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We all know the structure of a binary tree:

struct binary_tree {
  binary_tree *parent;
  int          data;
  binary_tree *left;
  binary_tree *right;
};

So a doubly linked list has the following structure:

struct linked_list {
  linked_list *prev;
  int          data;
  linked_list *next;
};

But a binary tree can also be manipulated like this:

struct my_linked_list {
  my_linked_list *prev;
  int             data;
  my_linked_list *next0;

  my_linked_list *next1;
} binary_tree;

By that, I have "proven" that binary tree shares a similarity to doubly linked list. (with the addition of another next element)

So my question is here: Is binary tree really a vertically-descending graph, or just an extension to the linked list, that can be drawn horizontally?

I know this is a kind of stupid and meaningless question but it was confusing me for years and years. I am just an apprentice to the computer science...

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  • $\begingroup$ You have shown that these two are not equivalent, the number of children does not match. Well, the tree is an acyclic graph, doubly linked list may be circular. The standard Binary Tree (afaik) does not store the parent and is directed. But even this extended version is not equivalent, but probably is similar under your definition. I am a bit lost, what is your question? The problem is that you may think of BT as you wish, it is for sure extended version, but how you draw thinks is not that relevant. Could you rewrite the question? $\endgroup$ – Evil Apr 22 '17 at 16:10
  • $\begingroup$ YOu might want to study about Linear and Non-Linear data structures @Steve Fan $\endgroup$ – Shubham Singh rawat Apr 22 '17 at 17:36
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"[A] binary tree shares a similarity to doubly linked list"

Why, yes, it does, but the doubly linked list format you have made is really just a way to represent a connected graph, with the one limitation that a node can be connected to at most 3 other nodes. A lot of structures could fit into that format, for instance a binary tree or many cyclic structures in addition to lists.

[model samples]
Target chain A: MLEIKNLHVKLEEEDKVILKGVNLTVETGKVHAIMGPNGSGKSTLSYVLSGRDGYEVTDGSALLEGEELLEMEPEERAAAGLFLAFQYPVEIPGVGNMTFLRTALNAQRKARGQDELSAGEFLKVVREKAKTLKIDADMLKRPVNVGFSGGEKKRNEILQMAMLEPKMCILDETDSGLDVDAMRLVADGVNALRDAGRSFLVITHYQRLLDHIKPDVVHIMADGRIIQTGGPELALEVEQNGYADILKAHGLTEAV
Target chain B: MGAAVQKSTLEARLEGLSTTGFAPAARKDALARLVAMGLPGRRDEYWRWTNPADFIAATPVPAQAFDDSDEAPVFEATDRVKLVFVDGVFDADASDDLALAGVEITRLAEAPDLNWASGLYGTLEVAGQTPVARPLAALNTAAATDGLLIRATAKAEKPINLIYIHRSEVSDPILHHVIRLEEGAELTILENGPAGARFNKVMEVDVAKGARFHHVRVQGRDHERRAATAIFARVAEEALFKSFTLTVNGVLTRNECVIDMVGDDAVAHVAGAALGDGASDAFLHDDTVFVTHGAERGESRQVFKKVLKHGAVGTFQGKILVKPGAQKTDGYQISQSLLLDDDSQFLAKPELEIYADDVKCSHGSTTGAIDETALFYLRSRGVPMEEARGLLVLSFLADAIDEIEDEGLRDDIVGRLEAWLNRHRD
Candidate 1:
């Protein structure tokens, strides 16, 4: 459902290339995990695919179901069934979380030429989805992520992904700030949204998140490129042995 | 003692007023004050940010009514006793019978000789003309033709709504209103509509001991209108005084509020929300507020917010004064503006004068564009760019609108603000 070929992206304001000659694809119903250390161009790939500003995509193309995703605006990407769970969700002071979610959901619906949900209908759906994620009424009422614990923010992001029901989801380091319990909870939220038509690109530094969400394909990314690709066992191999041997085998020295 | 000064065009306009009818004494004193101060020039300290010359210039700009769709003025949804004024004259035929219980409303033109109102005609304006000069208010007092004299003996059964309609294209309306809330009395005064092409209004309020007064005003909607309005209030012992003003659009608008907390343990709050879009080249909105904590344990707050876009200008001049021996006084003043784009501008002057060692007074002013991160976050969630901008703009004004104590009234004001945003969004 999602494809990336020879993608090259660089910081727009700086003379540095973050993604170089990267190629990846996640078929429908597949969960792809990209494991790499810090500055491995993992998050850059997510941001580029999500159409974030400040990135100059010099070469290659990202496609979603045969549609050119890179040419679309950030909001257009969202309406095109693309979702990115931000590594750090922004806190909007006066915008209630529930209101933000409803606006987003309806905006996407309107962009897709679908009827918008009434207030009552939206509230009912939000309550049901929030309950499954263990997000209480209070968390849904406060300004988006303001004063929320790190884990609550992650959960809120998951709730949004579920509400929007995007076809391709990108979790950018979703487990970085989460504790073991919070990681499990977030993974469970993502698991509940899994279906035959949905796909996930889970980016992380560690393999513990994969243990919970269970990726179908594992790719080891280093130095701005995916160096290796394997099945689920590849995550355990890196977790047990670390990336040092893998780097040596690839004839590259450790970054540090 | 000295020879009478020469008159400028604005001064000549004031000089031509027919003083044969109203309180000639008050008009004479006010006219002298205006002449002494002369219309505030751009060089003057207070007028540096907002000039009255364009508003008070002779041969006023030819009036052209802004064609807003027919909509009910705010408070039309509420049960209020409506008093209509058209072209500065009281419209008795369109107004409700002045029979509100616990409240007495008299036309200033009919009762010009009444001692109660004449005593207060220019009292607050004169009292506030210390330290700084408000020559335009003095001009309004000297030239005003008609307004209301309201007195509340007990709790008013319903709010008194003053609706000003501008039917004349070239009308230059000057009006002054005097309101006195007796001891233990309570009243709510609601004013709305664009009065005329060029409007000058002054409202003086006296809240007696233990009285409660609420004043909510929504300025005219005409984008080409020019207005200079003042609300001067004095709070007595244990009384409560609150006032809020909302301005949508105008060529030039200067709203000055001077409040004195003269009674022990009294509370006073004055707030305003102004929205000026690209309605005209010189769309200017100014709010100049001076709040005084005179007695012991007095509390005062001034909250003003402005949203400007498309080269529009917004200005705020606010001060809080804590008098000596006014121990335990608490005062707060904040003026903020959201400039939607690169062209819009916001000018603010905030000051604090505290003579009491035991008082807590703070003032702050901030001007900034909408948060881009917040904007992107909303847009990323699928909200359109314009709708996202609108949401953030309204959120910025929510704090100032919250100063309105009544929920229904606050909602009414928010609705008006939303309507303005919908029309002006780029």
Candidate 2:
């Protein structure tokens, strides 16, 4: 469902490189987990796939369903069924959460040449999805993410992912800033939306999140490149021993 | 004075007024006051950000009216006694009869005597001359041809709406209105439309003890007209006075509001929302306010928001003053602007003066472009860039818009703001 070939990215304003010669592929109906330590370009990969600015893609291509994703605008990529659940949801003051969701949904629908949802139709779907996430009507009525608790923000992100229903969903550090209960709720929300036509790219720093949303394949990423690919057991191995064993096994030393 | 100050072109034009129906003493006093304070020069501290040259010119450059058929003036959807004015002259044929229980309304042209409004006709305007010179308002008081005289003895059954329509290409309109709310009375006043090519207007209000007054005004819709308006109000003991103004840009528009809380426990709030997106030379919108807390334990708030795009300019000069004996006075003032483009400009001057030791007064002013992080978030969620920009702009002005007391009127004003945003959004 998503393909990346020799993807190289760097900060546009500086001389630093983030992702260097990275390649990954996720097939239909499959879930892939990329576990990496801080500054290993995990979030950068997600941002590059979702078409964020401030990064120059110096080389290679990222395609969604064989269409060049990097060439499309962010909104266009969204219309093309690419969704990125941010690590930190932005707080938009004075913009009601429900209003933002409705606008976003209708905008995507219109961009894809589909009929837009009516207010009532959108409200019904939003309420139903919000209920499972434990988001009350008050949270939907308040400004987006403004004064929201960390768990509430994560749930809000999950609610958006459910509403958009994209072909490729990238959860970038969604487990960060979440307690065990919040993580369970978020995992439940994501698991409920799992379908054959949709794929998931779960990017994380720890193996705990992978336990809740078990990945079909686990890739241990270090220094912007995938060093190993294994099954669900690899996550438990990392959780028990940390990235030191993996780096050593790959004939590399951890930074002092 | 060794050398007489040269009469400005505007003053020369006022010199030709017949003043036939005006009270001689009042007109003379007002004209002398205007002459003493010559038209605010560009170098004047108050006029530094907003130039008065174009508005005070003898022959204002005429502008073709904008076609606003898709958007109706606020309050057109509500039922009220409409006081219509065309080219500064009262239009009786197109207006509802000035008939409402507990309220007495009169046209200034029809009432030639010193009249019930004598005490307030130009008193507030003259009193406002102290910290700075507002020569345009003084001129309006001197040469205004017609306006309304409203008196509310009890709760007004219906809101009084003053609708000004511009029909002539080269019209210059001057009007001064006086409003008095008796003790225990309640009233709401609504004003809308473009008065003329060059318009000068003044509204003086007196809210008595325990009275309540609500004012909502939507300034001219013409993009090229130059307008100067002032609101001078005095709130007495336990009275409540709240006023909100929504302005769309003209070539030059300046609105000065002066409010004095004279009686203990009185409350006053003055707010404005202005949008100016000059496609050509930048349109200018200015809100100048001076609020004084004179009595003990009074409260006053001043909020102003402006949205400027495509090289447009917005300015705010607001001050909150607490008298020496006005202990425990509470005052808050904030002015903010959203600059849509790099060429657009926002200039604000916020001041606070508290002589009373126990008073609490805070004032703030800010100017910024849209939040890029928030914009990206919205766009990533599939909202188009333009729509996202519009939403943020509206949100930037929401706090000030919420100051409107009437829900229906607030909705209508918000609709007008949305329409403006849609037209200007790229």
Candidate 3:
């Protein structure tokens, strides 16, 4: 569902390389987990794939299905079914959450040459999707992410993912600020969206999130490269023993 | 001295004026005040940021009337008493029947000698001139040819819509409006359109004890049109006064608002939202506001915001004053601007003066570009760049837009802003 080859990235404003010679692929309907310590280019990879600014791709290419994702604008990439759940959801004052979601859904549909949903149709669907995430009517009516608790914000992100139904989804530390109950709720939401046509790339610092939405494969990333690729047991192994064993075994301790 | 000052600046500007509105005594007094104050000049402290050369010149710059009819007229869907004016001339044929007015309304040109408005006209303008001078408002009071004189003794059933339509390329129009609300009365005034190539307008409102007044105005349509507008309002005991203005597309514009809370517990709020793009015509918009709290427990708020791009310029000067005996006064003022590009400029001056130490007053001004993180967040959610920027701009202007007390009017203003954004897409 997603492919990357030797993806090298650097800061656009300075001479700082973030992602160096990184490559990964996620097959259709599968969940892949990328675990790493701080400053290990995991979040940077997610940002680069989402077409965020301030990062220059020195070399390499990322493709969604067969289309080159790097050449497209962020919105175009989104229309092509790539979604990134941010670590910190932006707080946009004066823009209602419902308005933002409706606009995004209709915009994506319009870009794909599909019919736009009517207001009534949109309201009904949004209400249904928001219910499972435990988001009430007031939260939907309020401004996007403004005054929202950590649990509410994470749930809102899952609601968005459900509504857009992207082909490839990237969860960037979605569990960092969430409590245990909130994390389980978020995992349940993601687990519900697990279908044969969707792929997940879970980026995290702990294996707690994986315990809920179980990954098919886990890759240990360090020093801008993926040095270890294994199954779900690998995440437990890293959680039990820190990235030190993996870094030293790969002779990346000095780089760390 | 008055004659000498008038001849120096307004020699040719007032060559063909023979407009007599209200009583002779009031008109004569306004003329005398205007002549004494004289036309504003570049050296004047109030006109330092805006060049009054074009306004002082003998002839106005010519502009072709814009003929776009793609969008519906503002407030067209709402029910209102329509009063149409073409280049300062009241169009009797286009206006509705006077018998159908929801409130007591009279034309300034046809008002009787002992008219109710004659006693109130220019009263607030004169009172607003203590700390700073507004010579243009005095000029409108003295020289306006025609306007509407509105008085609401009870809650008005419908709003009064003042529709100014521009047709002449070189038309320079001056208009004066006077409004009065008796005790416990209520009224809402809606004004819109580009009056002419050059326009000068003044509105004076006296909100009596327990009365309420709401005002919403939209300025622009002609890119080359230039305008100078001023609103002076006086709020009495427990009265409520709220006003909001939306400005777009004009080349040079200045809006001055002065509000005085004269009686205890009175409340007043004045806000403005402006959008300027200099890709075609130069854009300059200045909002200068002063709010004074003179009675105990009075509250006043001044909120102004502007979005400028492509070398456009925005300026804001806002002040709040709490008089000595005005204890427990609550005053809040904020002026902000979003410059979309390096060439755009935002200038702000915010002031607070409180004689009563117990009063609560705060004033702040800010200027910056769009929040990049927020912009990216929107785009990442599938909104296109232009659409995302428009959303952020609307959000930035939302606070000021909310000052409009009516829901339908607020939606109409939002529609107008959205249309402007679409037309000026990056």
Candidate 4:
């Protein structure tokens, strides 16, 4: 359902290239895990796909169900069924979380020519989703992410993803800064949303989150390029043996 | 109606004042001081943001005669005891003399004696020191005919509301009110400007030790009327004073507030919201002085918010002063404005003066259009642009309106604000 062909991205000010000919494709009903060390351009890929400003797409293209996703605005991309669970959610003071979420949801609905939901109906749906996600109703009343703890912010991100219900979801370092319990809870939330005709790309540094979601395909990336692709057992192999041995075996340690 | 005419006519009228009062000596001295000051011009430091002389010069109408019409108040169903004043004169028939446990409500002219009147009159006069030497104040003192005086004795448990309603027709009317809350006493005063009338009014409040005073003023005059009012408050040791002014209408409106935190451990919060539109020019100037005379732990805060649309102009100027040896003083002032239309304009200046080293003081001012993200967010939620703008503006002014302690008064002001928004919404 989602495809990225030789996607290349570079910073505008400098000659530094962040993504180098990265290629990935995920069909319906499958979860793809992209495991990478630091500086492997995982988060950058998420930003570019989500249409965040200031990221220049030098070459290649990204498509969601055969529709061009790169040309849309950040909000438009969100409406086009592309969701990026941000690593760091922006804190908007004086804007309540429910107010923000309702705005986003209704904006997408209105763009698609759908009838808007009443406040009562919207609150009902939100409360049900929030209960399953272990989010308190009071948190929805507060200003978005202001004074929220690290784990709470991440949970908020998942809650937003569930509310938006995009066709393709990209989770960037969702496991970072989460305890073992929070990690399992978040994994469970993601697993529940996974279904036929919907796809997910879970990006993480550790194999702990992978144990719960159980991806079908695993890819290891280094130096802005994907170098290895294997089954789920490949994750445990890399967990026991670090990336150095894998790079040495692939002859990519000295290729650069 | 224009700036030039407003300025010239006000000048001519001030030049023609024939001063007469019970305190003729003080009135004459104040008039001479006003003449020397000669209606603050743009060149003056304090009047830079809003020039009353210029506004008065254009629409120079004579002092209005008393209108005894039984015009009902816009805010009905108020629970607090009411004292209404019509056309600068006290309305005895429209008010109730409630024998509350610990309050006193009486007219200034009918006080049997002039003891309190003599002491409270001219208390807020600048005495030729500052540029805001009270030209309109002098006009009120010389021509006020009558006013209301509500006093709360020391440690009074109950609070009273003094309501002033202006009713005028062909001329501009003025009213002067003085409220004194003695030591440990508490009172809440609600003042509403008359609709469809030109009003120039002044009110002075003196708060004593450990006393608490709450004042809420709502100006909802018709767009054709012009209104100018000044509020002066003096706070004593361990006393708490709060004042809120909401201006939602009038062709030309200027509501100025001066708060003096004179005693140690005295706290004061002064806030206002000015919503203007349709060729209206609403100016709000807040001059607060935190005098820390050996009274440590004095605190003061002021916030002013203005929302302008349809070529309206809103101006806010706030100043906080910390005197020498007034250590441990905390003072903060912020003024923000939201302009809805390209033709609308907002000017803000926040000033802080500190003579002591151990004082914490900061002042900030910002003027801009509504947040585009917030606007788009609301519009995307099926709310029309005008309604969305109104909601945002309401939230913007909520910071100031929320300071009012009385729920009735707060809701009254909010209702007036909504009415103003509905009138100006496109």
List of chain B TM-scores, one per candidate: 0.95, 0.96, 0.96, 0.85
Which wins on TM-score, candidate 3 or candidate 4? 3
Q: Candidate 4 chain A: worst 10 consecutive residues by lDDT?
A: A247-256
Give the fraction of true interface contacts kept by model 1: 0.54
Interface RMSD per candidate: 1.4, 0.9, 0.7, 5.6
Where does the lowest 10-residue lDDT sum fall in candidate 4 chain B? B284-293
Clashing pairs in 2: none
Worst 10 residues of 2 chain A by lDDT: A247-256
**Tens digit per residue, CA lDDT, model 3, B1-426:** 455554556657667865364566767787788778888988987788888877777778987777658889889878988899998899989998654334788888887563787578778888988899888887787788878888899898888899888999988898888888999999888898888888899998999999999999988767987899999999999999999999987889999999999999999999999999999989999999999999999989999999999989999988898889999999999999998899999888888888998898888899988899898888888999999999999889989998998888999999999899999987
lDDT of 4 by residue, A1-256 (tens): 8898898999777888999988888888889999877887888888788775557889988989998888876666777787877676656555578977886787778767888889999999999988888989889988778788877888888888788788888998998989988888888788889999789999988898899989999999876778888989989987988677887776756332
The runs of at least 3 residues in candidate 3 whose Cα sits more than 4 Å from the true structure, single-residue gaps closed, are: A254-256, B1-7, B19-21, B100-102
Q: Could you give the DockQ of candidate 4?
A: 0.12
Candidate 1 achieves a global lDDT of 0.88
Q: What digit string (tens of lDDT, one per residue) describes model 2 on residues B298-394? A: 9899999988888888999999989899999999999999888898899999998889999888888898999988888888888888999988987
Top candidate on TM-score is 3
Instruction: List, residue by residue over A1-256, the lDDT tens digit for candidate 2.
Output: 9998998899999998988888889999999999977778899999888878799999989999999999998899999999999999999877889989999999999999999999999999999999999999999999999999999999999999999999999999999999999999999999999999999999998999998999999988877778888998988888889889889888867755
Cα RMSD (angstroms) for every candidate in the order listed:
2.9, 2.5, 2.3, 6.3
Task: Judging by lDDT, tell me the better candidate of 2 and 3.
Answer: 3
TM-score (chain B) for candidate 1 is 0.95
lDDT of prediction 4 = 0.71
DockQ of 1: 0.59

You have made one limitation to a general graph, of which binary trees are a subset. The reason we care about more restricted versions of graphs is that it allows for many useful optimizations. Your two dimensional doubly linked list has many redundant properties regarding use as a binary tree, for instance it allows for cyclic structures, which a binary tree can not be, and it includes information about the parent node, which is also unnecessary as such trees are used for descending searches.

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  • $\begingroup$ Um...binary three? Or Ternary tree? I don't know much about computer science... $\endgroup$ – Steve Fan Apr 22 '17 at 17:07
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    $\begingroup$ @SteveFan A node in a binary tree has two children + one parent, in total three nodes. A tree is classified by the number of children. $\endgroup$ – SE - stop firing the good guys Apr 22 '17 at 17:14
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Well, No. I think you have observed similarity in the use of pointers in both of these data structures. But there are some differences. I think you should think these data structures a bit more abstract manner $-$ think them as the set of objects and relationships between those objects.

For doubly linked list, there is a set of nodes containing data and there are two relations defined on these nodes $-$ Predecessor and Successor.

For binary tree, you observe that you can also define two relations $-$ LeftChild and RightChild which are analogous to Predecessor and Successor. But there is additional relationship between noded called Parent. The corresponding couterpart is not there for doubly linked list.

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